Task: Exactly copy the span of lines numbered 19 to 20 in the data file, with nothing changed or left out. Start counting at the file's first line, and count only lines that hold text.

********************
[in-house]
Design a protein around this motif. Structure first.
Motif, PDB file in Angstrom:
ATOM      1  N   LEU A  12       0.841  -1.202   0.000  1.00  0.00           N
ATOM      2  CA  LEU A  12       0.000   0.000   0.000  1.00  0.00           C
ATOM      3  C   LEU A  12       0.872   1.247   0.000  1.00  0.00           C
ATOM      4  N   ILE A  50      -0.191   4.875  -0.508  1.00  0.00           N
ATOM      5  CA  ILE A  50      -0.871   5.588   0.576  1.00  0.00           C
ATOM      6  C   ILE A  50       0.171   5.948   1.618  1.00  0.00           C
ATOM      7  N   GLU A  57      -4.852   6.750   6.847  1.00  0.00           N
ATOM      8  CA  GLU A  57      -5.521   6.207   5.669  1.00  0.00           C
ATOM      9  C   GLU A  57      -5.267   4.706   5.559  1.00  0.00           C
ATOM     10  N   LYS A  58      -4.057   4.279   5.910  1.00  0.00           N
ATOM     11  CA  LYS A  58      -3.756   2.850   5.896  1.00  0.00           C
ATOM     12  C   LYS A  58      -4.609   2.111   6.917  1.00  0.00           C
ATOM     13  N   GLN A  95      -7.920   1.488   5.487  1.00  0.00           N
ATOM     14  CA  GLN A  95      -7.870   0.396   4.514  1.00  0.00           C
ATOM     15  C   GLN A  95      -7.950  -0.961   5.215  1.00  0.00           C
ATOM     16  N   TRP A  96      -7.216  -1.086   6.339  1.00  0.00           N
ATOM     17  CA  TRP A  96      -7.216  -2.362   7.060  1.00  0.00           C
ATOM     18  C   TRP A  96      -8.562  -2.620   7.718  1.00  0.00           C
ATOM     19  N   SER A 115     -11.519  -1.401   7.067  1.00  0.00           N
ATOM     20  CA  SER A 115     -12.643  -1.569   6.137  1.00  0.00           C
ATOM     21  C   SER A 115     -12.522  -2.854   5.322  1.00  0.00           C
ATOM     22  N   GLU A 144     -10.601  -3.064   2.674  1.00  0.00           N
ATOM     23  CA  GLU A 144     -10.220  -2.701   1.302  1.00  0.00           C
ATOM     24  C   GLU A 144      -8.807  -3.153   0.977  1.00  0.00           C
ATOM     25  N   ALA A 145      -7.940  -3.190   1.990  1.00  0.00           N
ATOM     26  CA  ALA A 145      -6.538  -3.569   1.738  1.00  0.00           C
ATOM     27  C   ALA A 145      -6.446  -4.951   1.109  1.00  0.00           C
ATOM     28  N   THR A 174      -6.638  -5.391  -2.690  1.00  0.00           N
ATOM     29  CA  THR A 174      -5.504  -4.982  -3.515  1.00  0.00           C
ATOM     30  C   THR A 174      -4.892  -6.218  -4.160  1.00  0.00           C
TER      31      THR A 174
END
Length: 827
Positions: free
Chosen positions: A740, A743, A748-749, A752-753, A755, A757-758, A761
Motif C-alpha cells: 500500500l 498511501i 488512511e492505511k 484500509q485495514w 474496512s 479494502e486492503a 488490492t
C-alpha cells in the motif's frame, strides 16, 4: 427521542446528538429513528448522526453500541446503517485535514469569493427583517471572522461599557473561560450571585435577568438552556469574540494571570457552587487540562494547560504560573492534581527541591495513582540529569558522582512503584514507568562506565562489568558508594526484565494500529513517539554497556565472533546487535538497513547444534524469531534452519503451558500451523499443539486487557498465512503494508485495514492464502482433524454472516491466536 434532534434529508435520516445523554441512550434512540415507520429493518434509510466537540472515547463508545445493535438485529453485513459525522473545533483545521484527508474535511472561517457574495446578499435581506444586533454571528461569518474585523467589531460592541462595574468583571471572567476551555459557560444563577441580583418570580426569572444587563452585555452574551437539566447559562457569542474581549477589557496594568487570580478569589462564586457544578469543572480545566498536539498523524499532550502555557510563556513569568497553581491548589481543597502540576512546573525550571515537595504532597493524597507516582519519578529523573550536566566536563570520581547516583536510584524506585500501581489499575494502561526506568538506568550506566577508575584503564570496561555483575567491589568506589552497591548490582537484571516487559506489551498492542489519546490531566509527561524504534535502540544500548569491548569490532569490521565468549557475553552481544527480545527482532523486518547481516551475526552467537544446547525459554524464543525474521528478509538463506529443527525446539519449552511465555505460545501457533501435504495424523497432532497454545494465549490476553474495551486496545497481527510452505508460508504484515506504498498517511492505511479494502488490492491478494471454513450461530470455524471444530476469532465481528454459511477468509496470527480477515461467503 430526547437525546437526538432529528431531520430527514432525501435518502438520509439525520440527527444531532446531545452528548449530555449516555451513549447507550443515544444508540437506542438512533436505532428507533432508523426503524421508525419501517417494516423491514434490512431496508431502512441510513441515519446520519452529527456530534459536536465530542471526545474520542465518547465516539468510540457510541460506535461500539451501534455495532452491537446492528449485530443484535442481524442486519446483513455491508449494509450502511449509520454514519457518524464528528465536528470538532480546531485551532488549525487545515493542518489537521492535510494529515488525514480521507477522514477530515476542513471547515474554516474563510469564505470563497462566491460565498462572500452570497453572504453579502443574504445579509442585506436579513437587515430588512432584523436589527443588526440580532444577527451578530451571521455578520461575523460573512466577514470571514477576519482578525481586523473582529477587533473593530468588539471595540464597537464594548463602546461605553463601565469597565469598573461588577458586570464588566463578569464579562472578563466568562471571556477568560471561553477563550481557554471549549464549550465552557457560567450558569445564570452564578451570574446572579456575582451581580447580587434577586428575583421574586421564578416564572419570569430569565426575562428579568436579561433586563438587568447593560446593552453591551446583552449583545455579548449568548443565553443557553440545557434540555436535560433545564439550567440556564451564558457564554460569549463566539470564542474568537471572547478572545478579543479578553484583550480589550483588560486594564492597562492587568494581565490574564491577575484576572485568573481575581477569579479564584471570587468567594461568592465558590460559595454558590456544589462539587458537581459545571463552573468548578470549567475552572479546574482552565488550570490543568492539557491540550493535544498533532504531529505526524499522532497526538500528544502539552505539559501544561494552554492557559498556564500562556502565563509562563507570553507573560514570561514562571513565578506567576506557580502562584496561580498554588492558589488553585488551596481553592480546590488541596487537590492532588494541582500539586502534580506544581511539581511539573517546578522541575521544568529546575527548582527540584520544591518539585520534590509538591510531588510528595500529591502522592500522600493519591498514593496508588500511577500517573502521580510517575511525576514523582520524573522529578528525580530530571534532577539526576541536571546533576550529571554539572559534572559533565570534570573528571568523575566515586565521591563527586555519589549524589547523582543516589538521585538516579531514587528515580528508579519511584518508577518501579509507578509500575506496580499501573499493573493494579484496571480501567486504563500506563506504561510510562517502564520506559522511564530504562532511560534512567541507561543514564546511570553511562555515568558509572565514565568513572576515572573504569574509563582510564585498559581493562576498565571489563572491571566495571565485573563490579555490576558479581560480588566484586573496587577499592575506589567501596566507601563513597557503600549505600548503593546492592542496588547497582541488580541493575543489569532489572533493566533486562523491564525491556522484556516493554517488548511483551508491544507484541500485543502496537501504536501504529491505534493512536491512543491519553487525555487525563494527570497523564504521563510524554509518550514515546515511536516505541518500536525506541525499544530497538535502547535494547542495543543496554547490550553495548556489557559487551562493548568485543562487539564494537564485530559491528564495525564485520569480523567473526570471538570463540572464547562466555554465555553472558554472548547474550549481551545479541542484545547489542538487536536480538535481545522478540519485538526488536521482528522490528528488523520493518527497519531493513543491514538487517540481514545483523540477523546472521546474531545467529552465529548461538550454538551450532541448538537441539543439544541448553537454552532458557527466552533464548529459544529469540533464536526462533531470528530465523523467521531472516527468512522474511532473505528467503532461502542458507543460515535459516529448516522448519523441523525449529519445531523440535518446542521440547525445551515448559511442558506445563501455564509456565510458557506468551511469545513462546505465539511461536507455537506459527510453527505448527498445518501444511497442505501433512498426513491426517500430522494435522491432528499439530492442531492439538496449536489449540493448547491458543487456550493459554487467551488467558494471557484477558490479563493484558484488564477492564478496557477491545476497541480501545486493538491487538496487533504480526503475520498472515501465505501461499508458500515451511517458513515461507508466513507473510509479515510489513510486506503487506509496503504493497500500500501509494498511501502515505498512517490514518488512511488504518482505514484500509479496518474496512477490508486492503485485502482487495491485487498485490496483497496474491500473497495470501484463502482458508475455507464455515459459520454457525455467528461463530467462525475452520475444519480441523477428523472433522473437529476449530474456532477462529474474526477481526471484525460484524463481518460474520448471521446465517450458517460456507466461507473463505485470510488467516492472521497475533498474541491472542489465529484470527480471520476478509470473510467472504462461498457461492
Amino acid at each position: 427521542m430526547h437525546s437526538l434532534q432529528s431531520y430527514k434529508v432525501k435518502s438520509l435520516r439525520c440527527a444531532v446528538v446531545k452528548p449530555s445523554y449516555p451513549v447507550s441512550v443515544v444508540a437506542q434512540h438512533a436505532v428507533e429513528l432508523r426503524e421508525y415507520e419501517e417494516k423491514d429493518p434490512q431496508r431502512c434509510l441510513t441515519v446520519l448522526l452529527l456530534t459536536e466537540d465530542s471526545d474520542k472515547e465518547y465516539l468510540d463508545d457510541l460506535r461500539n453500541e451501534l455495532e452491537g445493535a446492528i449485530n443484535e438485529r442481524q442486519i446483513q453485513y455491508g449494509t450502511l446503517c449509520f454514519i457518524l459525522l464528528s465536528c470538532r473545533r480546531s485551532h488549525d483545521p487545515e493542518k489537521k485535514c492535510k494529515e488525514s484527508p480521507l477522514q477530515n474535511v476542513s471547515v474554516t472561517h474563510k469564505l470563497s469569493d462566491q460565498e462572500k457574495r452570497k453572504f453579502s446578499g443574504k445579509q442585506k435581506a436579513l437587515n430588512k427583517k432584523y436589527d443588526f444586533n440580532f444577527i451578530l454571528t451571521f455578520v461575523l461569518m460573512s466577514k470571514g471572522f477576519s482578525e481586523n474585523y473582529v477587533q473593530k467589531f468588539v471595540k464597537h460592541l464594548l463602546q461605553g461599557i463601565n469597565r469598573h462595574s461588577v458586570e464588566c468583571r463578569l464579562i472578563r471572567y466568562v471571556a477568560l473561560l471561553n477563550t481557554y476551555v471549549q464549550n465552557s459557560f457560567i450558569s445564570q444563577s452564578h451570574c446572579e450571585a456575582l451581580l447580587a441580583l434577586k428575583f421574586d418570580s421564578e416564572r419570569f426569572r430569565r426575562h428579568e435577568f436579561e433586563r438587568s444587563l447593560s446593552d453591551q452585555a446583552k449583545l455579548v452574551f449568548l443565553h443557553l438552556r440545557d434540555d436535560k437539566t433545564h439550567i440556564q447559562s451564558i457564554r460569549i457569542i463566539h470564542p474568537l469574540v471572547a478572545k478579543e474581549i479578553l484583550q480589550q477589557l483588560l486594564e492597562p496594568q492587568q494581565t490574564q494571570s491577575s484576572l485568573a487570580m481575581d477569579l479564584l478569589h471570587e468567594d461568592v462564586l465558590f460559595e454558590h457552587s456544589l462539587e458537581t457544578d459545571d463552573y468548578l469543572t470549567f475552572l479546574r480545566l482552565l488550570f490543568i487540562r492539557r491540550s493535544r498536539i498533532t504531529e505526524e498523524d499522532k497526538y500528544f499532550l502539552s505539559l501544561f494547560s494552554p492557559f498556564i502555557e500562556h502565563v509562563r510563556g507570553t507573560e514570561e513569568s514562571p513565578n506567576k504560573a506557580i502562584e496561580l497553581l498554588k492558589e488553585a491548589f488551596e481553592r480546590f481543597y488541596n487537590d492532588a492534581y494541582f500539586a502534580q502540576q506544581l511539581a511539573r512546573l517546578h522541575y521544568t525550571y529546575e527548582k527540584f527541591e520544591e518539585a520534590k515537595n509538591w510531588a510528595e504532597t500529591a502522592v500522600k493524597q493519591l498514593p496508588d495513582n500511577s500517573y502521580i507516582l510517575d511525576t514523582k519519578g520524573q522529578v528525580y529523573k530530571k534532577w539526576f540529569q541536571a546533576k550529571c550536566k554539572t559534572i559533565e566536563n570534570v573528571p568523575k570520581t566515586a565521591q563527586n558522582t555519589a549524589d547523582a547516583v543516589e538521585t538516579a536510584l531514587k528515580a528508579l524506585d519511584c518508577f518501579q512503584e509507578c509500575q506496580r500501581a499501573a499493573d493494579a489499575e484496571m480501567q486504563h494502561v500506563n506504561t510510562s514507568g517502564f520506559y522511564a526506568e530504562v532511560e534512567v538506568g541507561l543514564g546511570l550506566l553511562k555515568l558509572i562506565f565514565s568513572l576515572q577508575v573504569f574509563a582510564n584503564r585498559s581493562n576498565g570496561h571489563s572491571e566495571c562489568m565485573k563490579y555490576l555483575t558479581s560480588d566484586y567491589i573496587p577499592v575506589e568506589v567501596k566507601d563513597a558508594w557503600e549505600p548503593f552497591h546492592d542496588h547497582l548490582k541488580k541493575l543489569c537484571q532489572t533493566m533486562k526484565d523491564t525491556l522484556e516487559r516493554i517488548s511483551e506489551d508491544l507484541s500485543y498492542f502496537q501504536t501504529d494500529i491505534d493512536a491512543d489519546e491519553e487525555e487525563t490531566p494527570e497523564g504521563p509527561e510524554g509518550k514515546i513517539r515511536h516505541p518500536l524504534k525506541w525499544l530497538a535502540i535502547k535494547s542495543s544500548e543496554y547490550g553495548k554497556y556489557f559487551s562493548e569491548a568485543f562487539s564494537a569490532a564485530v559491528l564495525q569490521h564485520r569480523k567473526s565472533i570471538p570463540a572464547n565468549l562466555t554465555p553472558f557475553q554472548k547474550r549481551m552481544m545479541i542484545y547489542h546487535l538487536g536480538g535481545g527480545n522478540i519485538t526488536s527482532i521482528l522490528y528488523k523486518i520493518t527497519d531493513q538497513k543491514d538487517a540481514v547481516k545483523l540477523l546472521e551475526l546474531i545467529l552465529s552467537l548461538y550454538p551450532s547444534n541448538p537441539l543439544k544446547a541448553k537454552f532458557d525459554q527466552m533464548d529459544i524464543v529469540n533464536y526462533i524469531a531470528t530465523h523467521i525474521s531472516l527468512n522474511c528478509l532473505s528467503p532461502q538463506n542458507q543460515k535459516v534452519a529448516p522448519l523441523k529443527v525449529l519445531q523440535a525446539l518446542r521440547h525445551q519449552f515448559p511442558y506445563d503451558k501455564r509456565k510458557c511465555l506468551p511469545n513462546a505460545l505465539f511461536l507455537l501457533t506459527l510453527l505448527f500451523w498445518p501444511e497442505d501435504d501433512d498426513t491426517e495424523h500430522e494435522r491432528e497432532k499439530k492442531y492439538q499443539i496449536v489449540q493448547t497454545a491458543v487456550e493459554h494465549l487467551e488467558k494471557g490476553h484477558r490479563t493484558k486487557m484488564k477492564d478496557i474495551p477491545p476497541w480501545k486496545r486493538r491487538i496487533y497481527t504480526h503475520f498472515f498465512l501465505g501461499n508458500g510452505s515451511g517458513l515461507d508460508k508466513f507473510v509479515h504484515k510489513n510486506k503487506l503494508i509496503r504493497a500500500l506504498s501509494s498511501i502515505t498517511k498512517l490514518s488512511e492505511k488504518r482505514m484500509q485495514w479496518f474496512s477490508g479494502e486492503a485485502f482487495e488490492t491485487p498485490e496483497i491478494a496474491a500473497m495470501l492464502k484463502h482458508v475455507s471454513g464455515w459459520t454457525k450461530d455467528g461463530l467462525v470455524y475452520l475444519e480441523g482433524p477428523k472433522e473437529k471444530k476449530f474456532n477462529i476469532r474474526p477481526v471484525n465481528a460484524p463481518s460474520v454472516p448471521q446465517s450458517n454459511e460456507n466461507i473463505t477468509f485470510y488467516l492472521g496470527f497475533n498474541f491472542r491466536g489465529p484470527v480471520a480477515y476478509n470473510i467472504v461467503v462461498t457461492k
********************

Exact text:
ATOM     16  N   TRP A  96      -7.216  -1.086   6.339  1.00  0.00           N
ATOM     17  CA  TRP A  96      -7.216  -2.362   7.060  1.00  0.00           C